Ninth Circuit Ruling Reaffirms Second Amendment Rights for Nonviolent Felons

Ninth Circuit Ruling Reaffirms Second Amendment Rights for Nonviolent Felons

Ninth Circuit Ruling Reaffirms Second Amendment Rights for Nonviolent Felons | Credits: iStock

United States: In an act lauding the constitutional liberties of individuals, a panel of adjudicators from the Ninth Circuit decreed Thursday that a comprehensive prohibition on ex-convicts possessing firearms infringes upon their Second Amendment rights, particularly for nonviolent wrongdoers who have served their sentences.

The groundbreaking decree, rendered in a split verdict, annulled the firearm possession condemnation of a Los Angeles inhabitant associated with a street gang. Despite a history of previous felony convictions, the person, Steve Duarte, received relief from a 51-month federal prison term for being a “felon-in-possession.”

Penned by US Circuit Judge Carlos Bea, designated by President George W. Bush, the majority stance referenced the 2022 Supreme Court ruling in New York State Rifle & Pistol Association, Inc. v. Bruen. This decree highlighted the need for the government to establish a historical precedent supporting the sweeping prohibition of firearm possession for individuals like Duarte, according to reports. 

Judge Bea stressed that the government’s inability to establish such a historical norm was decisive in the court’s ruling. He argued that during the era of the Founding Fathers, transgressions akin to Duarte’s would have been considered minor infractions or might not have existed at all. The judge underscored the intrinsic nature of the Second Amendment, asserting that its explicit mention in the Constitution precludes subjective assessments regarding which citizens merit its safeguards.

US Circuit Judge Lawrence VanDyke, a nominee of President Donald Trump, concurred with Judge Bea’s rationale, aligning himself with the majority opinion.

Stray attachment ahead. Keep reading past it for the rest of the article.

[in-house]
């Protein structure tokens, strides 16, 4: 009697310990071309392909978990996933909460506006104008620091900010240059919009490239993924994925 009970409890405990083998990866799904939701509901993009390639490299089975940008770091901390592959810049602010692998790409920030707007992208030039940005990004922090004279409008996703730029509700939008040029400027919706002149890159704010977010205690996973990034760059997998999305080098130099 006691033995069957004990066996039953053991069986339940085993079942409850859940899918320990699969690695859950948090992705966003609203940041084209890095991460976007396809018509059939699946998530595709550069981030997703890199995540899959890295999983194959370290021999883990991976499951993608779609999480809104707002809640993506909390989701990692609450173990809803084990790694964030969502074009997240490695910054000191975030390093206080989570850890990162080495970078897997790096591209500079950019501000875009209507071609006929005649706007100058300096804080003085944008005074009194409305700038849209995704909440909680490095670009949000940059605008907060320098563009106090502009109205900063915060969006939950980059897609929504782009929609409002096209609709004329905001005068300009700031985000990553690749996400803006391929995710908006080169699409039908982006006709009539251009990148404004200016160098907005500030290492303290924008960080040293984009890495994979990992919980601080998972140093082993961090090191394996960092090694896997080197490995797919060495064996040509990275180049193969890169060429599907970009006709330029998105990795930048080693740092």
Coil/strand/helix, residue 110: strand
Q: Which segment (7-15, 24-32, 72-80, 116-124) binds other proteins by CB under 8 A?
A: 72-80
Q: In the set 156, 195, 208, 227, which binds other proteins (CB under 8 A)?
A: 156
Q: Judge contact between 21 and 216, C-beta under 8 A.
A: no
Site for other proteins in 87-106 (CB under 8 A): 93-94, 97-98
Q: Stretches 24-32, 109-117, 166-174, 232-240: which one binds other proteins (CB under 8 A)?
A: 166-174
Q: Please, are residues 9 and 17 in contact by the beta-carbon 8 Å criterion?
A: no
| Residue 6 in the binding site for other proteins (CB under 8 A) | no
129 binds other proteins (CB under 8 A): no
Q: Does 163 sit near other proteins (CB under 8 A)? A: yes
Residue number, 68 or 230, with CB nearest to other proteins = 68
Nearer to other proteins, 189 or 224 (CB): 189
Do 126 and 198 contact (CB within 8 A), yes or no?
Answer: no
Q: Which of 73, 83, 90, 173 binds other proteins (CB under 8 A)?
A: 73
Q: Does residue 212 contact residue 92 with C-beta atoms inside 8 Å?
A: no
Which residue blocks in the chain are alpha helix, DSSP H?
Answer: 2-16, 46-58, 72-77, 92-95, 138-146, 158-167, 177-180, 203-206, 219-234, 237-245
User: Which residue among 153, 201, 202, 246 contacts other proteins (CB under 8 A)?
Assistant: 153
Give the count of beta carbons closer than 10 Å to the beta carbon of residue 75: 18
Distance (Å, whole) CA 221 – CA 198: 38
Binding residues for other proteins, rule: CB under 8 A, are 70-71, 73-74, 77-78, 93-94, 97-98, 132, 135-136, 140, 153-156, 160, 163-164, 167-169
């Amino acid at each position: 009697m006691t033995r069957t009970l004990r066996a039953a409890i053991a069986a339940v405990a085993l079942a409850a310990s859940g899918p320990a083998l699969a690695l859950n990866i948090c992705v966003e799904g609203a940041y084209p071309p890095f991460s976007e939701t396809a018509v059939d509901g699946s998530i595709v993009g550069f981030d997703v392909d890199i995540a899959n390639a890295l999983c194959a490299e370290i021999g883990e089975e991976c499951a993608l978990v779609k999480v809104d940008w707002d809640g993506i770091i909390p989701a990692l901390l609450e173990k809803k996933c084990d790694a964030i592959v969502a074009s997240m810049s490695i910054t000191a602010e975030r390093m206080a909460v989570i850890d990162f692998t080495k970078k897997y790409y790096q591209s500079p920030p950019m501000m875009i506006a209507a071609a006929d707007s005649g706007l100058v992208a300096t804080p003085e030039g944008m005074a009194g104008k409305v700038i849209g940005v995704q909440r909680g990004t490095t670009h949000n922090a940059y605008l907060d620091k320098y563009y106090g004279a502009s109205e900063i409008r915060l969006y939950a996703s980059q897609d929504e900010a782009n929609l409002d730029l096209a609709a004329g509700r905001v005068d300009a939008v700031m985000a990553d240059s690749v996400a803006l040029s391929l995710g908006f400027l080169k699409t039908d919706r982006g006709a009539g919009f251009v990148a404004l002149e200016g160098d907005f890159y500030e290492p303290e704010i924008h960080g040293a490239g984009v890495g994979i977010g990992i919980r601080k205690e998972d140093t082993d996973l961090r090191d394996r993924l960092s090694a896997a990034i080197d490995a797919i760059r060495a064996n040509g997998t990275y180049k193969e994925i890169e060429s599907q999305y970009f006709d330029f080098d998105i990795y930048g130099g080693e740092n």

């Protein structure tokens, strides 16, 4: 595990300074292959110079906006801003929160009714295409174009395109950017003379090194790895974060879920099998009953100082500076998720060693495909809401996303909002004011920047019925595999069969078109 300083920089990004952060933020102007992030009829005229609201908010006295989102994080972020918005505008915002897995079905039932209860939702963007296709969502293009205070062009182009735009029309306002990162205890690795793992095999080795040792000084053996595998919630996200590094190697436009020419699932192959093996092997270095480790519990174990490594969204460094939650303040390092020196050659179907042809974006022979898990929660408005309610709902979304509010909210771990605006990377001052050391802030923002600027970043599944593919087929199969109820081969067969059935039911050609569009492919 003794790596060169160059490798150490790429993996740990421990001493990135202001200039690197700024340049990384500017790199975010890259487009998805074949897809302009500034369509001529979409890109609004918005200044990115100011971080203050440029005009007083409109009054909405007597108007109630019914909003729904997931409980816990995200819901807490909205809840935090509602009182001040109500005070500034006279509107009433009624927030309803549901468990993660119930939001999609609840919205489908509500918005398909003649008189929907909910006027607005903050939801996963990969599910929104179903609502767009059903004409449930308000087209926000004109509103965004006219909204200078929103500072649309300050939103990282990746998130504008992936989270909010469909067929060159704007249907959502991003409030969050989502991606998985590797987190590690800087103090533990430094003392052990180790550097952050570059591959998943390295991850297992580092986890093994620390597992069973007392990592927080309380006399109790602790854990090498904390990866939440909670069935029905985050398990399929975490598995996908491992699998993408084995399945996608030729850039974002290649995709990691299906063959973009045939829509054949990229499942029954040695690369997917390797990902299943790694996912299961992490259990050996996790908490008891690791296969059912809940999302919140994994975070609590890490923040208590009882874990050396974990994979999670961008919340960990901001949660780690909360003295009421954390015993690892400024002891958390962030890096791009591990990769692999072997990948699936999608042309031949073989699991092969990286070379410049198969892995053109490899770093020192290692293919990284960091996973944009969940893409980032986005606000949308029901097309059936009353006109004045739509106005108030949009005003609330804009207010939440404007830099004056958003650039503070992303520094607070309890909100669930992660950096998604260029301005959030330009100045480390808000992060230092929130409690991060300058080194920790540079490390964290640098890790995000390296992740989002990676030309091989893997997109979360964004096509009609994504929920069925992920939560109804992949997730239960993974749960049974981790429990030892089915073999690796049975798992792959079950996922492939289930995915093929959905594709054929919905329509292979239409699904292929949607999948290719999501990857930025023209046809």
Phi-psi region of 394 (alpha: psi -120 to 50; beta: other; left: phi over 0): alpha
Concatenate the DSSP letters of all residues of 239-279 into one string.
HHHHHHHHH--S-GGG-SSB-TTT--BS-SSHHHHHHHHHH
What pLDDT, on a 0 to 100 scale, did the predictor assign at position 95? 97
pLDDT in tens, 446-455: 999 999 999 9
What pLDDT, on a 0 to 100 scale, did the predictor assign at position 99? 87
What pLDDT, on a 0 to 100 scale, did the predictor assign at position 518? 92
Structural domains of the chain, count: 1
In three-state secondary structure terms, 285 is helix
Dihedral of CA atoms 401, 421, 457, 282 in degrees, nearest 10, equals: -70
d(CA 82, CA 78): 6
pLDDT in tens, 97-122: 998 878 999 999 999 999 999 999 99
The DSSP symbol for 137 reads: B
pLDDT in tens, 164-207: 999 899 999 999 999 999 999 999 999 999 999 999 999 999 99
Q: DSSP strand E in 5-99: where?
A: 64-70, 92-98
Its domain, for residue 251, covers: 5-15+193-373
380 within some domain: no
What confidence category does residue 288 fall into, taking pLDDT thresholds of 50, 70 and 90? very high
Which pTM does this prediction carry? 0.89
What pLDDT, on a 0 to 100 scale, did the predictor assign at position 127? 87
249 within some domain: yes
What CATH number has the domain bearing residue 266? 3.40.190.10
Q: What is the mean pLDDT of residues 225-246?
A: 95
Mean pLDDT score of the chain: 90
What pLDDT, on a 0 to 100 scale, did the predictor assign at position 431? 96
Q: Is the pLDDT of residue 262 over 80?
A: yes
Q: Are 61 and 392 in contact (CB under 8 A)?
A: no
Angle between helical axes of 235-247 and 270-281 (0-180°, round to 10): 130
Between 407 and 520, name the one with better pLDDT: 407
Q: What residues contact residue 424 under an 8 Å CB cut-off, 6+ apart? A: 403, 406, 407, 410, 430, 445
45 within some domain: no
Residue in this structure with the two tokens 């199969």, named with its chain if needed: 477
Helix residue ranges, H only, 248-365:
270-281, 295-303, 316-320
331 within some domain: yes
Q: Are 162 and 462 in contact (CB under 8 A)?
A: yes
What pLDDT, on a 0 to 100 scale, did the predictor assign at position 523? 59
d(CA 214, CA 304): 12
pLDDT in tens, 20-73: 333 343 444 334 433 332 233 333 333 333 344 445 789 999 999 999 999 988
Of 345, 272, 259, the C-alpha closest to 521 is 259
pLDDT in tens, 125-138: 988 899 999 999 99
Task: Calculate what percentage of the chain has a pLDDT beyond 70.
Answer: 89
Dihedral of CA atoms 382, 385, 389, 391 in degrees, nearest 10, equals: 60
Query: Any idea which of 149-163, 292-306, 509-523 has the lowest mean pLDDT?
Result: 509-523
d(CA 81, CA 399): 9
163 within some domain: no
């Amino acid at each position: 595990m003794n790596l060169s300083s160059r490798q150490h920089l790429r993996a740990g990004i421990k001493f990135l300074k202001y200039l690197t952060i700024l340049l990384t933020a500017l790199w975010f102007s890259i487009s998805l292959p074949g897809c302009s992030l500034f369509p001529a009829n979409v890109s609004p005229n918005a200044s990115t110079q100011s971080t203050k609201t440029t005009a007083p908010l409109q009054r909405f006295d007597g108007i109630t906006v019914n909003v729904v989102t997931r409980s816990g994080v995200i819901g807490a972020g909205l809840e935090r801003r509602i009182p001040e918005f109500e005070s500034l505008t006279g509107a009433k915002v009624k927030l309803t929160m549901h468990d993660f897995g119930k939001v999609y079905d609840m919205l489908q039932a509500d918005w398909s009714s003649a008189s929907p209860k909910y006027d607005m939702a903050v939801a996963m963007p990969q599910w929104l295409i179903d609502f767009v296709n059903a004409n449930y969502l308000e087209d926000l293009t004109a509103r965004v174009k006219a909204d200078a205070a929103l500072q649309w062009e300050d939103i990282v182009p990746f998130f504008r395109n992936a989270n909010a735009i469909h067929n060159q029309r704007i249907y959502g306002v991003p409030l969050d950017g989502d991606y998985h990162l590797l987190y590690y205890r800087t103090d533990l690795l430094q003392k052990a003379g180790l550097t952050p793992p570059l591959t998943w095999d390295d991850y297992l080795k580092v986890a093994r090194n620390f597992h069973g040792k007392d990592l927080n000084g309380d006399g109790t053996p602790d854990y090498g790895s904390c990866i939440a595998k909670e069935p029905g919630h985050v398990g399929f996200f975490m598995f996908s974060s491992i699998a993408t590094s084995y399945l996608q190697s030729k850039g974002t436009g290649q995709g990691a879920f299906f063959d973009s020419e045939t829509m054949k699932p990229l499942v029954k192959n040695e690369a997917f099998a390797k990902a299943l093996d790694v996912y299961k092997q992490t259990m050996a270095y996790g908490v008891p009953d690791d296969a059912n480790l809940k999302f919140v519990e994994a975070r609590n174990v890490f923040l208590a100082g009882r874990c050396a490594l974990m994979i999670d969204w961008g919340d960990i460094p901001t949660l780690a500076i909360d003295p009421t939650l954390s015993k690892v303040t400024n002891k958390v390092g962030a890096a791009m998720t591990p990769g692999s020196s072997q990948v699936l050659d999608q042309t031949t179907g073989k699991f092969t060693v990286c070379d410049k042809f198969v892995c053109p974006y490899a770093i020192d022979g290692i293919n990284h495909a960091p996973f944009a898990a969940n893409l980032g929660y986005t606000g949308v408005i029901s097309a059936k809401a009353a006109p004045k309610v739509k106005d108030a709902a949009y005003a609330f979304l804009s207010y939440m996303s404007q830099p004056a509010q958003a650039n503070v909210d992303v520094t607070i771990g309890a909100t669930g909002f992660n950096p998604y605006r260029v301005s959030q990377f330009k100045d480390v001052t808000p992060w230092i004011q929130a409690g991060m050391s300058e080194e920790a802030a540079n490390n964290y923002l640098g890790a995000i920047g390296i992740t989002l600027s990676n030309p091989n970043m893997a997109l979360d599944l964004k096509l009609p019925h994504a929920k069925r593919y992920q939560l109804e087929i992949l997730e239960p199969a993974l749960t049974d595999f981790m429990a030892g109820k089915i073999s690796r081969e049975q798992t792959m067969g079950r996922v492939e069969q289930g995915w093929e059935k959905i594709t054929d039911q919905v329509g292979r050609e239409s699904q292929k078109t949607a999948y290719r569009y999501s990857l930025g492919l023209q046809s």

Nevertheless, dissenting from the majority, US District Judge Milan Smith Jr., also appointed by President George W. Bush, contended that the Supreme Court’s Bruen decision did not nullify existing Ninth Circuit precedents. He emphasized the principle that the Second Amendment right pertains exclusively to law-abiding citizens.

Legal scholars posit that Thursday’s ruling signals a significant deviation from prevailing Ninth Circuit legal doctrines. Eugene Volokh, a legal scholar at the University of California, Los Angeles, noted similarities between this ruling and a previous decision by the Third Circuit in Range v. Attorney General.

The majority stance did not foreclose the possibility of firearm constraints for felons convicted of violent crimes, affirming that certain transgressions historically categorized as severe could warrant permanent deprivation of Second Amendment privileges, as outlined by certain reports.

While the US attorney’s office in Los Angeles refrained from offering commentary on the ruling, Volokh anticipates that federal prosecutors may pursue an en banc review from the Ninth Circuit. This review, influenced by the impending Supreme Court ruling in Rahimi v. [redacted], will provide additional clarity on the extent of Second Amendment protections.

Essentially, the Ninth Circuit’s ruling reaffirmed the fundamental principle that the right to possess arms extends to all law-abiding citizens, irrespective of past indiscretions, and establishes a precedent for upholding Second Amendment freedoms in the face of governmental encroachment.